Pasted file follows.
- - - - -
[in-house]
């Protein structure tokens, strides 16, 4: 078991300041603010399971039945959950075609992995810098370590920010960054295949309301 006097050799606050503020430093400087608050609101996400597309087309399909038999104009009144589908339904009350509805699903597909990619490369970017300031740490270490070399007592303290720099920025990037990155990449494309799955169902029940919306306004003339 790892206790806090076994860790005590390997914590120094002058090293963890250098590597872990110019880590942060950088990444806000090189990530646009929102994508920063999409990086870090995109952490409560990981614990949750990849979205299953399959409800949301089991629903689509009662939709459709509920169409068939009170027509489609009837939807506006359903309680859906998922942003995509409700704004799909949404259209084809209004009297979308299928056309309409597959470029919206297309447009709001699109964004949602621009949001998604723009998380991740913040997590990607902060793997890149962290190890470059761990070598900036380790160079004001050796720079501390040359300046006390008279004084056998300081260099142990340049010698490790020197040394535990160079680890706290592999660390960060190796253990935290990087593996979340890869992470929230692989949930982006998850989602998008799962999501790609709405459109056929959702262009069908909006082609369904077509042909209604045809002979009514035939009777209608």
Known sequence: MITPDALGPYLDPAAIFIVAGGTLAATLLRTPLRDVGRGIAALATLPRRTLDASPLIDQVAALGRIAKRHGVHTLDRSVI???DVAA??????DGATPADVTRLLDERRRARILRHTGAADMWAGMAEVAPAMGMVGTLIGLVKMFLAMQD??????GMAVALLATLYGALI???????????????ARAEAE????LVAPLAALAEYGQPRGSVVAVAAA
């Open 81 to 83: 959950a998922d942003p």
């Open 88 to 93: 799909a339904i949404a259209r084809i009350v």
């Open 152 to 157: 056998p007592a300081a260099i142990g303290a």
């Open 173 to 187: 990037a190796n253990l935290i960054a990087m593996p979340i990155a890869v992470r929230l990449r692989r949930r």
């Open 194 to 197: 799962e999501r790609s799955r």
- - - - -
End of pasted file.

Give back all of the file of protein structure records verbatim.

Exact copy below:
[in-house]
């Protein structure tokens, strides 16, 4: 078991300041603010399971039945959950075609992995810098370590920010960054295949309301 006097050799606050503020430093400087608050609101996400597309087309399909038999104009009144589908339904009350509805699903597909990619490369970017300031740490270490070399007592303290720099920025990037990155990449494309799955169902029940919306306004003339 790892206790806090076994860790005590390997914590120094002058090293963890250098590597872990110019880590942060950088990444806000090189990530646009929102994508920063999409990086870090995109952490409560990981614990949750990849979205299953399959409800949301089991629903689509009662939709459709509920169409068939009170027509489609009837939807506006359903309680859906998922942003995509409700704004799909949404259209084809209004009297979308299928056309309409597959470029919206297309447009709001699109964004949602621009949001998604723009998380991740913040997590990607902060793997890149962290190890470059761990070598900036380790160079004001050796720079501390040359300046006390008279004084056998300081260099142990340049010698490790020197040394535990160079680890706290592999660390960060190796253990935290990087593996979340890869992470929230692989949930982006998850989602998008799962999501790609709405459109056929959702262009069908909006082609369904077509042909209604045809002979009514035939009777209608």
Known sequence: MITPDALGPYLDPAAIFIVAGGTLAATLLRTPLRDVGRGIAALATLPRRTLDASPLIDQVAALGRIAKRHGVHTLDRSVI???DVAA??????DGATPADVTRLLDERRRARILRHTGAADMWAGMAEVAPAMGMVGTLIGLVKMFLAMQD??????GMAVALLATLYGALI???????????????ARAEAE????LVAPLAALAEYGQPRGSVVAVAAA
């Open 81 to 83: 959950a998922d942003p």
């Open 88 to 93: 799909a339904i949404a259209r084809i009350v």
């Open 152 to 157: 056998p007592a300081a260099i142990g303290a």
């Open 173 to 187: 990037a190796n253990l935290i960054a990087m593996p979340i990155a890869v992470r929230l990449r692989r949930r």
């Open 194 to 197: 799962e999501r790609s799955r």